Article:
Spring and autumn are considered the best seasons for climbing Yushan, although people climb it in winter and summer as well. Climbing this beast in winter is a whole different story as it can be completely covered in ice and snow. Summer can bring torrential rain and typhoons, which can make the whole experience miserable or extremely dangerous.
Winter Climbing on Yushan
Climbing Jade Mountain in winter brings some specific challenges. If there is snow at the top, you’ll be asked by park officials to bring snow equipment. The three main tools you’ll need to show are: ice axe, crampons, and helmet. If you do not carry those with you, they simply won’t let you go up. They’ll stop you at the Paiyun Visitor Center 排雲登山服務中心, also called Tataka Police Squad, where you show your permit before starting your climb.
My advice is for you to really know how to use those tools properly if you’re going to be climbing in snow. Using an ice-axe is not complicated, but it does require a minimum of practice to self-belay and self-arrest on a steep white slope.
Another important aspect of winter climbing on Yushan, or any high mountain in Taiwan, is the amount and size of clothing and sleeping gear you’ll need to bring. Winter down jacket, thick fleece pants, winter sleeping bag, hat, mittens, insulated sleeping mat… All these things add up quickly, and all of a sudden, you realize that your backpack is too small for a winter climb up Yushan.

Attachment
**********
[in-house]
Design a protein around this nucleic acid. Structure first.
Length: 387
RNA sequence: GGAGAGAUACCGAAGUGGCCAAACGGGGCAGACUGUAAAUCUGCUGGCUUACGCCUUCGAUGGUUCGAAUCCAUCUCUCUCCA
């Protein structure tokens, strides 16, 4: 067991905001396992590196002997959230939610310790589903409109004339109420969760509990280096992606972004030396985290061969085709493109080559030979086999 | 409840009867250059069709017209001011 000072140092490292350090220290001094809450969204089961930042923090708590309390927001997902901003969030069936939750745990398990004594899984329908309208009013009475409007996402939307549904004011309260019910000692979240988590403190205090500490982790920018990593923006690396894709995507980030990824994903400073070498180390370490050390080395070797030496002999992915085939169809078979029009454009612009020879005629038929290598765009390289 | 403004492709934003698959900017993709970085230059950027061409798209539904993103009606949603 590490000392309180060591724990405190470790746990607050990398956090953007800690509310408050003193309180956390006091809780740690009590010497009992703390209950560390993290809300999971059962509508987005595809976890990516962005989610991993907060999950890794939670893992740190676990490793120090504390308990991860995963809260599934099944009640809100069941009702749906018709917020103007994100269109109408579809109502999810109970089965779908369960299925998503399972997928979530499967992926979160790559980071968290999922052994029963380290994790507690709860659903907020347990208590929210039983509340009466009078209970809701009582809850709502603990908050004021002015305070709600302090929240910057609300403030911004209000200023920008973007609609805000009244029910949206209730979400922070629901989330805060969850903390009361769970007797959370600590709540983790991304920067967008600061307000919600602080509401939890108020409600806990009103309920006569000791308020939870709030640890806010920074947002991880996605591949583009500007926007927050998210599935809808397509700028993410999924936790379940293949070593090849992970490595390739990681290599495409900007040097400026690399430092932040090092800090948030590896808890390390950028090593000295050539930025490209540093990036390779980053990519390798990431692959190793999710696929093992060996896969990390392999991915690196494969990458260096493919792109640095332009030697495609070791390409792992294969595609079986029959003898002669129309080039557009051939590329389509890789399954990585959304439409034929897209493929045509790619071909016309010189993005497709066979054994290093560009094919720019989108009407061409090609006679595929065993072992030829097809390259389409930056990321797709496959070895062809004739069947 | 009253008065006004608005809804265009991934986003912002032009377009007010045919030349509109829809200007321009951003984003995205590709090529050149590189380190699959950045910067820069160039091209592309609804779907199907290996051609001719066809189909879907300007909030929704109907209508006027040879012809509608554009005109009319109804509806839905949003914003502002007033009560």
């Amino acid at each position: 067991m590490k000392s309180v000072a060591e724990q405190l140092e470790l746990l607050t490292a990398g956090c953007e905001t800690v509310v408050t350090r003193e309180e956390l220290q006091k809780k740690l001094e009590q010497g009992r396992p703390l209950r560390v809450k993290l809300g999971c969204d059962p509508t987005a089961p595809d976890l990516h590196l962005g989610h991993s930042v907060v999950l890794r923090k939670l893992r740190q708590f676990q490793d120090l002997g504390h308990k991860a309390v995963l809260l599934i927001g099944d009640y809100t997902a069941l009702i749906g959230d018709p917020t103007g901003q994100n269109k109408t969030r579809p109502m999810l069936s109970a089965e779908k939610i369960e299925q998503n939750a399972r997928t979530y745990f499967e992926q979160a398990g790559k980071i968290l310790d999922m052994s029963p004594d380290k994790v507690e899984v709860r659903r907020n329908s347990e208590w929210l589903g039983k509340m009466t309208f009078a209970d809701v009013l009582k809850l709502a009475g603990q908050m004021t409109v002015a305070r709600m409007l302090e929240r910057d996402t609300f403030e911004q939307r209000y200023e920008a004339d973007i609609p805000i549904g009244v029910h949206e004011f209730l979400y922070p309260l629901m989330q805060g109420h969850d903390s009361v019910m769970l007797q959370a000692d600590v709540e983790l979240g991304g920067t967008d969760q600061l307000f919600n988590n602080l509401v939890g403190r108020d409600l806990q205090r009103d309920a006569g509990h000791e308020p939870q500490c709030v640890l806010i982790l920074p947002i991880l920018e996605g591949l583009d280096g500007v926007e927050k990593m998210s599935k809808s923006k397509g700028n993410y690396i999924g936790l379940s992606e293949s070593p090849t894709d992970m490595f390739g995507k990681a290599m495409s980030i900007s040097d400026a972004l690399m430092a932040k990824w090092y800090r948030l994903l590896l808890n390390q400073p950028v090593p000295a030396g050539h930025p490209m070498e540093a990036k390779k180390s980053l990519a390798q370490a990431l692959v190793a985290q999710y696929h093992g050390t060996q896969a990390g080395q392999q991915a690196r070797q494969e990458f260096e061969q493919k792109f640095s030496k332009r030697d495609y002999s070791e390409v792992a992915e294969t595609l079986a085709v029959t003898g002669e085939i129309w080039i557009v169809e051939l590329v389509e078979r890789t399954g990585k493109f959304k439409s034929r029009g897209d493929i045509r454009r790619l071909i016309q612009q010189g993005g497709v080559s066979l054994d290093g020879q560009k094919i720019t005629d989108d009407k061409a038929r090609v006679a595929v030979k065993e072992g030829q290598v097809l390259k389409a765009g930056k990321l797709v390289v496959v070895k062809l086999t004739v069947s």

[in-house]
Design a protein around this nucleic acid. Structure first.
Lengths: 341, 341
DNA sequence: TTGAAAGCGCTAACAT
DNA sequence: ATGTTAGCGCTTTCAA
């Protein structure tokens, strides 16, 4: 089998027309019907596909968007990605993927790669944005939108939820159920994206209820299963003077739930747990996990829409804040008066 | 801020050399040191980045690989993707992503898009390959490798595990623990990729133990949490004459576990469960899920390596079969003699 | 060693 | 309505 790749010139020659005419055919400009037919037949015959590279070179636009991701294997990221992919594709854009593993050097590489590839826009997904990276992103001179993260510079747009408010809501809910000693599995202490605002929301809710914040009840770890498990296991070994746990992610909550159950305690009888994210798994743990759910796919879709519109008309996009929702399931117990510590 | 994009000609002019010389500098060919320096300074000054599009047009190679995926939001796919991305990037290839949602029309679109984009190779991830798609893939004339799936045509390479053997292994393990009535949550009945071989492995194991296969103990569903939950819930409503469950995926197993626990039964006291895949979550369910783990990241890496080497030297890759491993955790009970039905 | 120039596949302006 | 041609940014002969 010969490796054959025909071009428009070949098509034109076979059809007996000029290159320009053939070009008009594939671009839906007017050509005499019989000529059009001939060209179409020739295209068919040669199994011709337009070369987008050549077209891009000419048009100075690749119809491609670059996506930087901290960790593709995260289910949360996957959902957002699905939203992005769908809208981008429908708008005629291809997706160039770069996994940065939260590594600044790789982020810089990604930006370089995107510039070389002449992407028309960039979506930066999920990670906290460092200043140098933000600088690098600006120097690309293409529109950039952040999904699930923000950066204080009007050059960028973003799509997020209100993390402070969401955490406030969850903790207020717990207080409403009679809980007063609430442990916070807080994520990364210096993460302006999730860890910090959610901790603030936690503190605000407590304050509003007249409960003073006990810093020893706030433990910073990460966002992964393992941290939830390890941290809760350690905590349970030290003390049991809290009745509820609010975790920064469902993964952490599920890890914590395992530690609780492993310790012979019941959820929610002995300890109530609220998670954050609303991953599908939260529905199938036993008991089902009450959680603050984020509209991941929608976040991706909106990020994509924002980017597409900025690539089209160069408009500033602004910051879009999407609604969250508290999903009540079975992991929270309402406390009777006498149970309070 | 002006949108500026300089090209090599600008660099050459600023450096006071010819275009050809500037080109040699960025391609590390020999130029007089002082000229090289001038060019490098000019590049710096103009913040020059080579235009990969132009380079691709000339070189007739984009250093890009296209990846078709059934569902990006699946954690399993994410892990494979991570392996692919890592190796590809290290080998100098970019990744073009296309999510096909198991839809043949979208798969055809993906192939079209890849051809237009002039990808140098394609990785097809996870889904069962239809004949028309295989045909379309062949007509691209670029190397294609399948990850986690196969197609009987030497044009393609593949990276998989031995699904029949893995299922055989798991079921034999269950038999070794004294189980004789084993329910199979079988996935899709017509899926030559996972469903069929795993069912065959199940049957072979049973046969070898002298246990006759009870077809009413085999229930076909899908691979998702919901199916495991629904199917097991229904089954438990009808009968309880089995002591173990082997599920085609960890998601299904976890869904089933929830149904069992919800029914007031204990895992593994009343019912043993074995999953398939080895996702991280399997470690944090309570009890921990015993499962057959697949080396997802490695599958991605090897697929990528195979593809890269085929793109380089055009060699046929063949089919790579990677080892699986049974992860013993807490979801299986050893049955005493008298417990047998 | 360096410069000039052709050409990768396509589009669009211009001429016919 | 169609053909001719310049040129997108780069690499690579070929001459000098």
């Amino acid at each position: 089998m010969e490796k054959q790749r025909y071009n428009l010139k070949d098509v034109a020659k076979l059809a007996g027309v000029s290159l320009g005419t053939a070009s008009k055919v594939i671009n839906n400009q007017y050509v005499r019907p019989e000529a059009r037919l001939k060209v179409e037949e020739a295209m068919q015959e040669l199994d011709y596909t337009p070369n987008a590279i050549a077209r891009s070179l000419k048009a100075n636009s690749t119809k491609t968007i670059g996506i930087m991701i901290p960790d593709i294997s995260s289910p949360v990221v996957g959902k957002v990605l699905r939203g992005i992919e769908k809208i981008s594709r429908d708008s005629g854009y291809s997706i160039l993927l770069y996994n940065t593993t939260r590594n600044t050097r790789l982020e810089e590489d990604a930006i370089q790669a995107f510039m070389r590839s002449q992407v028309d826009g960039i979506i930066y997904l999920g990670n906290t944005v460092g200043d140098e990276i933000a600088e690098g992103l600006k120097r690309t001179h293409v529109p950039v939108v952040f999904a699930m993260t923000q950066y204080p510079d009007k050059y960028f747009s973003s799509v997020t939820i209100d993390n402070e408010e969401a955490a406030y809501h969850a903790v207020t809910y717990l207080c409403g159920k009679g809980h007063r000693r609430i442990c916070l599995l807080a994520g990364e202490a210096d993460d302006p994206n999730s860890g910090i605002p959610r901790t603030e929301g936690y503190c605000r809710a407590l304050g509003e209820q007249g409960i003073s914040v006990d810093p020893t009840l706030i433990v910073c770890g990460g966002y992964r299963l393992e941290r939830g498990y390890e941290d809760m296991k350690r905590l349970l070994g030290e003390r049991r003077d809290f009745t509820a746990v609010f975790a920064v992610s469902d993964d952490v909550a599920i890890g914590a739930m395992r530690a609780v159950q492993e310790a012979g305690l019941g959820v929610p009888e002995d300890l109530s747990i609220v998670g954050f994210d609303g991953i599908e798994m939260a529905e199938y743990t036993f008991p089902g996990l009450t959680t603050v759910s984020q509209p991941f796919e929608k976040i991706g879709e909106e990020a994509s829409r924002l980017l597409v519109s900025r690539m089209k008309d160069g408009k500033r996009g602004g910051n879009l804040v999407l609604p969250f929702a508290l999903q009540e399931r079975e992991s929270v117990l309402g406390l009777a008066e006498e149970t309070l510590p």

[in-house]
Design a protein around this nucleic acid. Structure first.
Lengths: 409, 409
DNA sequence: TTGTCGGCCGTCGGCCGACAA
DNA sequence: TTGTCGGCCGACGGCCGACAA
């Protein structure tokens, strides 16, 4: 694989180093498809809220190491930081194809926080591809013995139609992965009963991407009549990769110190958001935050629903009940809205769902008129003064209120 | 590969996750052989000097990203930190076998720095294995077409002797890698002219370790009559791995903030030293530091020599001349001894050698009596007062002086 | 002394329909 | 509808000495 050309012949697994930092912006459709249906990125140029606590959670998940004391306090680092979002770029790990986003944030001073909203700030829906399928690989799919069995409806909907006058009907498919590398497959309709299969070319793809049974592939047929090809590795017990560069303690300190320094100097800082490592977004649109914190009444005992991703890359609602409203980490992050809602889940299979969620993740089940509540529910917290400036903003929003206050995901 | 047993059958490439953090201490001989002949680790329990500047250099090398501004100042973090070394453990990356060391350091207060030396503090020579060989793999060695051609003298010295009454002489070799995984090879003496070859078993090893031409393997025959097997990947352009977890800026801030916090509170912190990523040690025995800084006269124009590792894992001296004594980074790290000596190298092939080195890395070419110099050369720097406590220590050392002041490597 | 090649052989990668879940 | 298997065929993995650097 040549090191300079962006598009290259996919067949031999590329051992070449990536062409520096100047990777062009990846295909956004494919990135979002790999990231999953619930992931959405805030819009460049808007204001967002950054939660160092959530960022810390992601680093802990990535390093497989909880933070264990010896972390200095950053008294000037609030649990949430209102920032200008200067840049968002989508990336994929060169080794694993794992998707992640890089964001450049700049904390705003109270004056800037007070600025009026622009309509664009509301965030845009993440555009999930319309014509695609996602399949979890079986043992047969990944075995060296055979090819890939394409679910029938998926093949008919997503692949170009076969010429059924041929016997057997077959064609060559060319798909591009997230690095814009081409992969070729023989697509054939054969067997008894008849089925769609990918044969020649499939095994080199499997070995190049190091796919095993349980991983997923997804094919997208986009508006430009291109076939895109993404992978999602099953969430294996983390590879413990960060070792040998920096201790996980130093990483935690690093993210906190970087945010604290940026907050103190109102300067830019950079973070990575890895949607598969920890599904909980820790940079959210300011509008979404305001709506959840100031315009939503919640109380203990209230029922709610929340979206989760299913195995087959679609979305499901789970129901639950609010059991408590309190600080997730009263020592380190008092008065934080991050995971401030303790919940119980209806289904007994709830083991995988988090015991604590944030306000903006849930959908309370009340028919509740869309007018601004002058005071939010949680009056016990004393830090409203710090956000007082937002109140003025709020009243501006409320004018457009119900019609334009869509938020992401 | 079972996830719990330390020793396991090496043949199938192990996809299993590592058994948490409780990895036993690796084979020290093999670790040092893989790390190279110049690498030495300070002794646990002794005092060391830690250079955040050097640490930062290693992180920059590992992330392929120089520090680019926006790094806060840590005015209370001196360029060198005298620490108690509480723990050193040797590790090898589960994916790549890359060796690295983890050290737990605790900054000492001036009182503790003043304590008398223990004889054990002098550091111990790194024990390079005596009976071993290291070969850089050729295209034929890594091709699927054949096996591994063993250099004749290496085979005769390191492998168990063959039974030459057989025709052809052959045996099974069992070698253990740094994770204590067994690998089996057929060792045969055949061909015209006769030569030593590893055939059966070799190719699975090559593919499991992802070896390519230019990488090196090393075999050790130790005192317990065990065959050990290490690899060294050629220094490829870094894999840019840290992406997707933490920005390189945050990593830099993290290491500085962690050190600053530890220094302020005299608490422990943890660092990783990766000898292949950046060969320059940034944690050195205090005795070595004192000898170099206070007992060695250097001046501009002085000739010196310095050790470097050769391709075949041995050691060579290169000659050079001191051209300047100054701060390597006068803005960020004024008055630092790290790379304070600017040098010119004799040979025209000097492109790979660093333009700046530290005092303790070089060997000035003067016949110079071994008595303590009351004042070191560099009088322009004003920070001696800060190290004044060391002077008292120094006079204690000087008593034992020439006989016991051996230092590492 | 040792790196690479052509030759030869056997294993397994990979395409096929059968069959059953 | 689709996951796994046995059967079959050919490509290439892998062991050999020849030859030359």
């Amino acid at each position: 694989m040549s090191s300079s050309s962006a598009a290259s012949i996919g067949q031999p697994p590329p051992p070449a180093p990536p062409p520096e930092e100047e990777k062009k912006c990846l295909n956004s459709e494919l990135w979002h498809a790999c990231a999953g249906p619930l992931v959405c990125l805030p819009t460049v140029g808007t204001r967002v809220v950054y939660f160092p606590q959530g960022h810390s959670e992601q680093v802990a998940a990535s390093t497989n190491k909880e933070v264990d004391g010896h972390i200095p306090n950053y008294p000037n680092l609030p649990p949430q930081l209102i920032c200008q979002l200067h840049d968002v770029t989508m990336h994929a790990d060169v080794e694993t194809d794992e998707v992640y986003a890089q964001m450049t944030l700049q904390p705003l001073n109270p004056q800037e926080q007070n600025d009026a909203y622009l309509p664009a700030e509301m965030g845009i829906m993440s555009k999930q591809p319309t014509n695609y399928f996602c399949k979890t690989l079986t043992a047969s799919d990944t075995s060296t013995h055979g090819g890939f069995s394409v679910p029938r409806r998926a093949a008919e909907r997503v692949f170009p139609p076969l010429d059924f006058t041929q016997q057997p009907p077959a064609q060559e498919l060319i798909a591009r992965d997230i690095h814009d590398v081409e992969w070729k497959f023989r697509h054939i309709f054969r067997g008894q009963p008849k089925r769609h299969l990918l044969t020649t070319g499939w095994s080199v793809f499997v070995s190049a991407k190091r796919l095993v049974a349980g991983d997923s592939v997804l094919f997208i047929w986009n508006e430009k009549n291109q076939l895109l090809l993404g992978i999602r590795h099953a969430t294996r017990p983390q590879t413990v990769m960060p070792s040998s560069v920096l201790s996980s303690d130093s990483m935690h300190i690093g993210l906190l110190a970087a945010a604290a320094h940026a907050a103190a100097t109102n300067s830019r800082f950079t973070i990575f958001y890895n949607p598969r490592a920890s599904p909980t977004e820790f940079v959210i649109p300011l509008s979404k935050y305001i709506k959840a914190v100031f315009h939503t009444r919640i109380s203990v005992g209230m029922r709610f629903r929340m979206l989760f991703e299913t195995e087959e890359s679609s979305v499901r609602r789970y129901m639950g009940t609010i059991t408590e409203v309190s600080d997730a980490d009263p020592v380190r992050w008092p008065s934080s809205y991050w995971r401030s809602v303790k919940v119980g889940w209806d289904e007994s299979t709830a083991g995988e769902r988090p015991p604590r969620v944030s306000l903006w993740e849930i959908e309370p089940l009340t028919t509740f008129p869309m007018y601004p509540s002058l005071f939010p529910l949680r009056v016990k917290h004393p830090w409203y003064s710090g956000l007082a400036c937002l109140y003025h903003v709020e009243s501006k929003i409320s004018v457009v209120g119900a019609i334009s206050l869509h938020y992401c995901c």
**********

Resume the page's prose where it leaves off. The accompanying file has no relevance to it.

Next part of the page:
Dongpu Lodge is a great option if you don’t want to wake up at 3 or 4am to drive all the way to Tataka the first day of your climb. A better option is to spend the previous night at Dongpu Lodge. It’s a bare basic dorm-style mountain accommodation, and it only costs 300NT$ per night. As far as mountain lodges go, it’s alright, it’s a solid shelter, and it’s got mattresses, blankets, toilets, showers, hot water, and even electricity to recharge your iPhone.
Note about really confusing names
If you are using a Lonely Planet, Rough Guide, or Taiwan 101 guidebook, you’ll find it extremely confusing when you search for certain places in Yushan National Park on Google Maps, Maps.me, or your favorite GPS app. Please refer to the following list to know which place is which, both in English and Chinese. Also, I have included a map at the bottom of this page to help you orient yourself more easily.
- The Tataka Police Squad 塔塔加小隊 is also known as Paiyun Visitor Center. On Google Maps, it’s misleadingly called Tourist Information Center 排雲登山服務中心. This is the checkpoint where you show your permit before you start your climb.
- Tatajia Saddle, or Tataka Anbu 塔塔加鞍部 is called Yushan Trailhead 玉山登山口 on Google Maps.
Which map should you use to climb Jade Mountain
Obviously, you could use a paper map while hiking Mt. Jade, like in the good old days. But I don’t use them anymore much to be honest, and I haven’t seen other hikers log those around for a couple of years already…
Google Maps is kind of OK, but it’s limited. My go-to app when hiking in Taiwan is Gaia GPS, which you can download for free on both iPhone and Android iOS. Maps.me is also another interesting option, especially when you are offline.
Getting to Yushan by Public Transportation
From Alishan and Sun Moon Lake
Bus 6739 from the Yuanlin Bus Co. can take you to Tataka from Sun Moon Lake or Alishan. The timetable is as follow: Departure from Alishan at 1:00 and 2:00pm. Departure from Sun Moon Lake at 8:00 and 9:00am. In Sun Moon Lake, the bus leaves from Shuishe Visitor Center. In Alishan, the bus departs from the Transport Center, just outside the park’s entrance.
Contact Yushan National Park
If you have any question about weather, permit, equipment, transportation, trail condition, give a call to the people who work at the National Park Headquarter at 886-49-2773121, or at the Tataka Visitor Center 886-49-2702228. You won’t believe how friendly and helpful those folks are.